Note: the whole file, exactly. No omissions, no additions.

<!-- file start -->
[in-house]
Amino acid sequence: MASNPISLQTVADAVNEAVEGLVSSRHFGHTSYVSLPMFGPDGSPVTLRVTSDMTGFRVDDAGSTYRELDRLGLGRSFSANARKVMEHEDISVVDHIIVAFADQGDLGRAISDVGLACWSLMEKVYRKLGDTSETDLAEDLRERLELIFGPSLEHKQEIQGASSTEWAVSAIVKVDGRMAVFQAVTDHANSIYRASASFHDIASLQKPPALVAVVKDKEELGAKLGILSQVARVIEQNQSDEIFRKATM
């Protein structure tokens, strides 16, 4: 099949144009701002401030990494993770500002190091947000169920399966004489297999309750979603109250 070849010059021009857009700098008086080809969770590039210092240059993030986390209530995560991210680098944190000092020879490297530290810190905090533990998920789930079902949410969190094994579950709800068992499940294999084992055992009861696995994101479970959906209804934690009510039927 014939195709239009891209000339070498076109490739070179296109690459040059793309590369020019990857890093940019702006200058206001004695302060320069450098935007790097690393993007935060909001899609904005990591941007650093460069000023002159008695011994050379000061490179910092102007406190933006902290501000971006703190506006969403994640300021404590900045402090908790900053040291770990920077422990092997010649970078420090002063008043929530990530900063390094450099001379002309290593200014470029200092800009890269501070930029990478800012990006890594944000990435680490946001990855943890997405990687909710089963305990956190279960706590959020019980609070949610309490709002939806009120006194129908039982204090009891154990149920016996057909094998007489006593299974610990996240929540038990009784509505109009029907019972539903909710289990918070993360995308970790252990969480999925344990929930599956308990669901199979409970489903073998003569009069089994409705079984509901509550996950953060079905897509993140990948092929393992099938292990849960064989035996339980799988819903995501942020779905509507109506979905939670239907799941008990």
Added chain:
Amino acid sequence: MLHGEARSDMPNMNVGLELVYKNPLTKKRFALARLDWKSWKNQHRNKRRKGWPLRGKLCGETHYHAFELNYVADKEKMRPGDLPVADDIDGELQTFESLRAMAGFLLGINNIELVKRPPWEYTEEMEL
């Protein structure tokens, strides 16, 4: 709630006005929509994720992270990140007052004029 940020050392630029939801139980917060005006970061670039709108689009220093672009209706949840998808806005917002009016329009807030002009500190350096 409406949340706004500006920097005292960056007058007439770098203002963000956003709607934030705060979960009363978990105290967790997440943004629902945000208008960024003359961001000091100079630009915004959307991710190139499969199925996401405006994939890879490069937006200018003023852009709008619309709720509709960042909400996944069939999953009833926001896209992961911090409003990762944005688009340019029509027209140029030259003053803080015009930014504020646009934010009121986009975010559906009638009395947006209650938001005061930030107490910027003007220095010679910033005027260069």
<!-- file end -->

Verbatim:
[in-house]
Amino acid sequence: MASNPISLQTVADAVNEAVEGLVSSRHFGHTSYVSLPMFGPDGSPVTLRVTSDMTGFRVDDAGSTYRELDRLGLGRSFSANARKVMEHEDISVVDHIIVAFADQGDLGRAISDVGLACWSLMEKVYRKLGDTSETDLAEDLRERLELIFGPSLEHKQEIQGASSTEWAVSAIVKVDGRMAVFQAVTDHANSIYRASASFHDIASLQKPPALVAVVKDKEELGAKLGILSQVARVIEQNQSDEIFRKATM
């Protein structure tokens, strides 16, 4: 099949144009701002401030990494993770500002190091947000169920399966004489297999309750979603109250 070849010059021009857009700098008086080809969770590039210092240059993030986390209530995560991210680098944190000092020879490297530290810190905090533990998920789930079902949410969190094994579950709800068992499940294999084992055992009861696995994101479970959906209804934690009510039927 014939195709239009891209000339070498076109490739070179296109690459040059793309590369020019990857890093940019702006200058206001004695302060320069450098935007790097690393993007935060909001899609904005990591941007650093460069000023002159008695011994050379000061490179910092102007406190933006902290501000971006703190506006969403994640300021404590900045402090908790900053040291770990920077422990092997010649970078420090002063008043929530990530900063390094450099001379002309290593200014470029200092800009890269501070930029990478800012990006890594944000990435680490946001990855943890997405990687909710089963305990956190279960706590959020019980609070949610309490709002939806009120006194129908039982204090009891154990149920016996057909094998007489006593299974610990996240929540038990009784509505109009029907019972539903909710289990918070993360995308970790252990969480999925344990929930599956308990669901199979409970489903073998003569009069089994409705079984509901509550996950953060079905897509993140990948092929393992099938292990849960064989035996339980799988819903995501942020779905509507109506979905939670239907799941008990």
Added chain:
Amino acid sequence: MLHGEARSDMPNMNVGLELVYKNPLTKKRFALARLDWKSWKNQHRNKRRKGWPLRGKLCGETHYHAFELNYVADKEKMRPGDLPVADDIDGELQTFESLRAMAGFLLGINNIELVKRPPWEYTEEMEL
């Protein structure tokens, strides 16, 4: 709630006005929509994720992270990140007052004029 940020050392630029939801139980917060005006970061670039709108689009220093672009209706949840998808806005917002009016329009807030002009500190350096 409406949340706004500006920097005292960056007058007439770098203002963000956003709607934030705060979960009363978990105290967790997440943004629902945000208008960024003359961001000091100079630009915004959307991710190139499969199925996401405006994939890879490069937006200018003023852009709008619309709720509709960042909400996944069939999953009833926001896209992961911090409003990762944005688009340019029509027209140029030259003053803080015009930014504020646009934010009121986009975010559906009638009395947006209650938001005061930030107490910027003007220095010679910033005027260069």